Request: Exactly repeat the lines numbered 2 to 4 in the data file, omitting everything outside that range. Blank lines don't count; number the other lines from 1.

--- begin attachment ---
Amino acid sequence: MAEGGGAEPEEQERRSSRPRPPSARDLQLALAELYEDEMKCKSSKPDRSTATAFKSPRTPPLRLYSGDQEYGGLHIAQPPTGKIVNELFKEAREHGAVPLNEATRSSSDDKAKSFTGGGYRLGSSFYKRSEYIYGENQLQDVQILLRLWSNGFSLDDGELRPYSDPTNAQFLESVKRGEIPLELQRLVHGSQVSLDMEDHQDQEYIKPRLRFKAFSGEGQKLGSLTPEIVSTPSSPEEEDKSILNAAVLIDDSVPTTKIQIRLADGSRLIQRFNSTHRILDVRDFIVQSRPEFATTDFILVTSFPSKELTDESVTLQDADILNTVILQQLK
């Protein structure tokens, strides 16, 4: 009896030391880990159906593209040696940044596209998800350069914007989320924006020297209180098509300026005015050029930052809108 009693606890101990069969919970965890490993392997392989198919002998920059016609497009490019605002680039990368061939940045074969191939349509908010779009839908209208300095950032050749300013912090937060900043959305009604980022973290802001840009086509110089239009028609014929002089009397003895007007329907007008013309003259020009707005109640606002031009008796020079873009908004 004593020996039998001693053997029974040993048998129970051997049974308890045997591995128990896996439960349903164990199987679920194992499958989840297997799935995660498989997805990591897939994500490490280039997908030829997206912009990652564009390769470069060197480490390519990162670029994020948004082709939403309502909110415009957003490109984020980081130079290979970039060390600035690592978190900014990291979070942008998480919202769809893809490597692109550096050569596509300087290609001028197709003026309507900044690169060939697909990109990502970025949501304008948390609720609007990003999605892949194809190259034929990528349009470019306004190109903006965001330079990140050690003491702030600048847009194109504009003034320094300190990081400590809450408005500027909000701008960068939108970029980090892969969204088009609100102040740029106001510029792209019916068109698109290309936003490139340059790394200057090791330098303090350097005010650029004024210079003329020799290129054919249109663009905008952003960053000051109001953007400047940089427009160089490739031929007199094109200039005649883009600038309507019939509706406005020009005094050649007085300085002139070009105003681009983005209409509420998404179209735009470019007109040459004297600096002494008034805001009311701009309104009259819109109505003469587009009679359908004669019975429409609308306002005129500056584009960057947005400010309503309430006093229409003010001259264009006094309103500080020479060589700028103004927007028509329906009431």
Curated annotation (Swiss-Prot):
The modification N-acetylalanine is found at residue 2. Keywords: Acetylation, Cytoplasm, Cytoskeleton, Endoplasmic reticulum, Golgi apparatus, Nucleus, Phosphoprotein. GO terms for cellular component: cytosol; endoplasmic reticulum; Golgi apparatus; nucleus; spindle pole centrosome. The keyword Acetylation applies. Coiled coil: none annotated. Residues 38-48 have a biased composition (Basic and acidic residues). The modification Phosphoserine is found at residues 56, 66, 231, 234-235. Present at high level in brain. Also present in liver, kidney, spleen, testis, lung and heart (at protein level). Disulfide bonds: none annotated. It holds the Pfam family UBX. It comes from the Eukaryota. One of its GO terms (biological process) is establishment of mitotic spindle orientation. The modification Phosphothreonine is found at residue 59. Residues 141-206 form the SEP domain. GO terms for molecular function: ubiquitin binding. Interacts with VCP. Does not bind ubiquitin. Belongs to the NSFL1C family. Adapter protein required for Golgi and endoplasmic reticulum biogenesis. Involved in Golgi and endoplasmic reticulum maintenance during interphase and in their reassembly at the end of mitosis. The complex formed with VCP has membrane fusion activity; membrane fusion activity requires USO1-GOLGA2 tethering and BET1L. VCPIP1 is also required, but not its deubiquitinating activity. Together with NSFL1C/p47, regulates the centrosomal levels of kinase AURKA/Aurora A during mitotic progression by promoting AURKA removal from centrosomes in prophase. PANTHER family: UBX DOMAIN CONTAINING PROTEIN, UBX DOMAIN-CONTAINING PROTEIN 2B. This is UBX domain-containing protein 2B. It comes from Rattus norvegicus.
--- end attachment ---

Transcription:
């Protein structure tokens, strides 16, 4: 009896030391880990159906593209040696940044596209998800350069914007989320924006020297209180098509300026005015050029930052809108 009693606890101990069969919970965890490993392997392989198919002998920059016609497009490019605002680039990368061939940045074969191939349509908010779009839908209208300095950032050749300013912090937060900043959305009604980022973290802001840009086509110089239009028609014929002089009397003895007007329907007008013309003259020009707005109640606002031009008796020079873009908004 004593020996039998001693053997029974040993048998129970051997049974308890045997591995128990896996439960349903164990199987679920194992499958989840297997799935995660498989997805990591897939994500490490280039997908030829997206912009990652564009390769470069060197480490390519990162670029994020948004082709939403309502909110415009957003490109984020980081130079290979970039060390600035690592978190900014990291979070942008998480919202769809893809490597692109550096050569596509300087290609001028197709003026309507900044690169060939697909990109990502970025949501304008948390609720609007990003999605892949194809190259034929990528349009470019306004190109903006965001330079990140050690003491702030600048847009194109504009003034320094300190990081400590809450408005500027909000701008960068939108970029980090892969969204088009609100102040740029106001510029792209019916068109698109290309936003490139340059790394200057090791330098303090350097005010650029004024210079003329020799290129054919249109663009905008952003960053000051109001953007400047940089427009160089490739031929007199094109200039005649883009600038309507019939509706406005020009005094050649007085300085002139070009105003681009983005209409509420998404179209735009470019007109040459004297600096002494008034805001009311701009309104009259819109109505003469587009009679359908004669019975429409609308306002005129500056584009960057947005400010309503309430006093229409003010001259264009006094309103500080020479060589700028103004927007028509329906009431």
Curated annotation (Swiss-Prot):
The modification N-acetylalanine is found at residue 2. Keywords: Acetylation, Cytoplasm, Cytoskeleton, Endoplasmic reticulum, Golgi apparatus, Nucleus, Phosphoprotein. GO terms for cellular component: cytosol; endoplasmic reticulum; Golgi apparatus; nucleus; spindle pole centrosome. The keyword Acetylation applies. Coiled coil: none annotated. Residues 38-48 have a biased composition (Basic and acidic residues). The modification Phosphoserine is found at residues 56, 66, 231, 234-235. Present at high level in brain. Also present in liver, kidney, spleen, testis, lung and heart (at protein level). Disulfide bonds: none annotated. It holds the Pfam family UBX. It comes from the Eukaryota. One of its GO terms (biological process) is establishment of mitotic spindle orientation. The modification Phosphothreonine is found at residue 59. Residues 141-206 form the SEP domain. GO terms for molecular function: ubiquitin binding. Interacts with VCP. Does not bind ubiquitin. Belongs to the NSFL1C family. Adapter protein required for Golgi and endoplasmic reticulum biogenesis. Involved in Golgi and endoplasmic reticulum maintenance during interphase and in their reassembly at the end of mitosis. The complex formed with VCP has membrane fusion activity; membrane fusion activity requires USO1-GOLGA2 tethering and BET1L. VCPIP1 is also required, but not its deubiquitinating activity. Together with NSFL1C/p47, regulates the centrosomal levels of kinase AURKA/Aurora A during mitotic progression by promoting AURKA removal from centrosomes in prophase. PANTHER family: UBX DOMAIN CONTAINING PROTEIN, UBX DOMAIN-CONTAINING PROTEIN 2B. This is UBX domain-containing protein 2B. It comes from Rattus norvegicus.